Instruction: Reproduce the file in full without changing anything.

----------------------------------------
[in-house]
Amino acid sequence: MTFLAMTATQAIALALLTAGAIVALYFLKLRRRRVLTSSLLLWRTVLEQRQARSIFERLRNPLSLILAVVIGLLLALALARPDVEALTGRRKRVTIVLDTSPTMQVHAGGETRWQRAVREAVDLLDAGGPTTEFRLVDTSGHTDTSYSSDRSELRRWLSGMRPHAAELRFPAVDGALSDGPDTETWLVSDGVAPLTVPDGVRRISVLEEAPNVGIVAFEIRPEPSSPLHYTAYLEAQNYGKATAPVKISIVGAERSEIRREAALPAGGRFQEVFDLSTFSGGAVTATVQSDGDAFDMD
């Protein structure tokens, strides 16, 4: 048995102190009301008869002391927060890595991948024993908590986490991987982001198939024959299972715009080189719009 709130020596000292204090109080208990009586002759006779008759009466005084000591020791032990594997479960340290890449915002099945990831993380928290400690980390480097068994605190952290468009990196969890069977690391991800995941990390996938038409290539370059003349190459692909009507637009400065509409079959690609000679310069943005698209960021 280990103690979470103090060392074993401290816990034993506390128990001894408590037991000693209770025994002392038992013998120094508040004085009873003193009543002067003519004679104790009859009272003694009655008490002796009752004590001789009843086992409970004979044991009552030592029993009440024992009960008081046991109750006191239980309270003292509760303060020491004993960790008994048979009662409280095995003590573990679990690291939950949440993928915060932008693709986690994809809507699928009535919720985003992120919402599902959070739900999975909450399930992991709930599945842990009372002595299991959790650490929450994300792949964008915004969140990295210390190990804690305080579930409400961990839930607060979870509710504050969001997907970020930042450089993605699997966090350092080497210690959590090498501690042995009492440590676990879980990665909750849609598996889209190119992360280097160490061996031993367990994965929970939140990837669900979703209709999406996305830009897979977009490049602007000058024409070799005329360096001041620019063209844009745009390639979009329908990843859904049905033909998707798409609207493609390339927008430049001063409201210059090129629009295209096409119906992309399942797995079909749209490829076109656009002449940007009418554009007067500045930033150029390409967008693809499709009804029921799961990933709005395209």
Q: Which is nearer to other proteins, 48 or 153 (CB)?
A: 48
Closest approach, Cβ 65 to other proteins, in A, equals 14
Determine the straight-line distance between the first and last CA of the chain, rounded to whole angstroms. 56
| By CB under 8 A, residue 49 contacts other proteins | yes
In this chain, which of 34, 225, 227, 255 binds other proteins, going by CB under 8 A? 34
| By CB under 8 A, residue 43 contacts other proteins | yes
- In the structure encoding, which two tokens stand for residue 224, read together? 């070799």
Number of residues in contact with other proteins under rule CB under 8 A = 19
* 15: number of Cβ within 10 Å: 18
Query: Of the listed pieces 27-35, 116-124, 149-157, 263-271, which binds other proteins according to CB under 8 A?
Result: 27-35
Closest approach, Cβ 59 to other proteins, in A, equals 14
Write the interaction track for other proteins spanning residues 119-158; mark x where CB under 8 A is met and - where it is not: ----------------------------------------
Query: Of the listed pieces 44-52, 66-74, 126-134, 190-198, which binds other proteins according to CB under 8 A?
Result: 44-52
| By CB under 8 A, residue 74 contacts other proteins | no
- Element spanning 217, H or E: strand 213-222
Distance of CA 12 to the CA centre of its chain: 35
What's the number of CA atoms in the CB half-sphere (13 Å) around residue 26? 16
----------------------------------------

[in-house]
Amino acid sequence: MTFLAMTATQAIALALLTAGAIVALYFLKLRRRRVLTSSLLLWRTVLEQRQARSIFERLRNPLSLILAVVIGLLLALALARPDVEALTGRRKRVTIVLDTSPTMQVHAGGETRWQRAVREAVDLLDAGGPTTEFRLVDTSGHTDTSYSSDRSELRRWLSGMRPHAAELRFPAVDGALSDGPDTETWLVSDGVAPLTVPDGVRRISVLEEAPNVGIVAFEIRPEPSSPLHYTAYLEAQNYGKATAPVKISIVGAERSEIRREAALPAGGRFQEVFDLSTFSGGAVTATVQSDGDAFDMD
């Protein structure tokens, strides 16, 4: 048995102190009301008869002391927060890595991948024993908590986490991987982001198939024959299972715009080189719009 709130020596000292204090109080208990009586002759006779008759009466005084000591020791032990594997479960340290890449915002099945990831993380928290400690980390480097068994605190952290468009990196969890069977690391991800995941990390996938038409290539370059003349190459692909009507637009400065509409079959690609000679310069943005698209960021 280990103690979470103090060392074993401290816990034993506390128990001894408590037991000693209770025994002392038992013998120094508040004085009873003193009543002067003519004679104790009859009272003694009655008490002796009752004590001789009843086992409970004979044991009552030592029993009440024992009960008081046991109750006191239980309270003292509760303060020491004993960790008994048979009662409280095995003590573990679990690291939950949440993928915060932008693709986690994809809507699928009535919720985003992120919402599902959070739900999975909450399930992991709930599945842990009372002595299991959790650490929450994300792949964008915004969140990295210390190990804690305080579930409400961990839930607060979870509710504050969001997907970020930042450089993605699997966090350092080497210690959590090498501690042995009492440590676990879980990665909750849609598996889209190119992360280097160490061996031993367990994965929970939140990837669900979703209709999406996305830009897979977009490049602007000058024409070799005329360096001041620019063209844009745009390639979009329908990843859904049905033909998707798409609207493609390339927008430049001063409201210059090129629009295209096409119906992309399942797995079909749209490829076109656009002449940007009418554009007067500045930033150029390409967008693809499709009804029921799961990933709005395209």
Q: Which is nearer to other proteins, 48 or 153 (CB)?
A: 48
Closest approach, Cβ 65 to other proteins, in A, equals 14
Determine the straight-line distance between the first and last CA of the chain, rounded to whole angstroms. 56
| By CB under 8 A, residue 49 contacts other proteins | yes
In this chain, which of 34, 225, 227, 255 binds other proteins, going by CB under 8 A? 34
| By CB under 8 A, residue 43 contacts other proteins | yes
- In the structure encoding, which two tokens stand for residue 224, read together? 């070799």
Number of residues in contact with other proteins under rule CB under 8 A = 19
* 15: number of Cβ within 10 Å: 18
Query: Of the listed pieces 27-35, 116-124, 149-157, 263-271, which binds other proteins according to CB under 8 A?
Result: 27-35
Closest approach, Cβ 59 to other proteins, in A, equals 14
Write the interaction track for other proteins spanning residues 119-158; mark x where CB under 8 A is met and - where it is not: ----------------------------------------
Query: Of the listed pieces 44-52, 66-74, 126-134, 190-198, which binds other proteins according to CB under 8 A?
Result: 44-52
| By CB under 8 A, residue 74 contacts other proteins | no
- Element spanning 217, H or E: strand 213-222
Distance of CA 12 to the CA centre of its chain: 35
What's the number of CA atoms in the CB half-sphere (13 Å) around residue 26? 16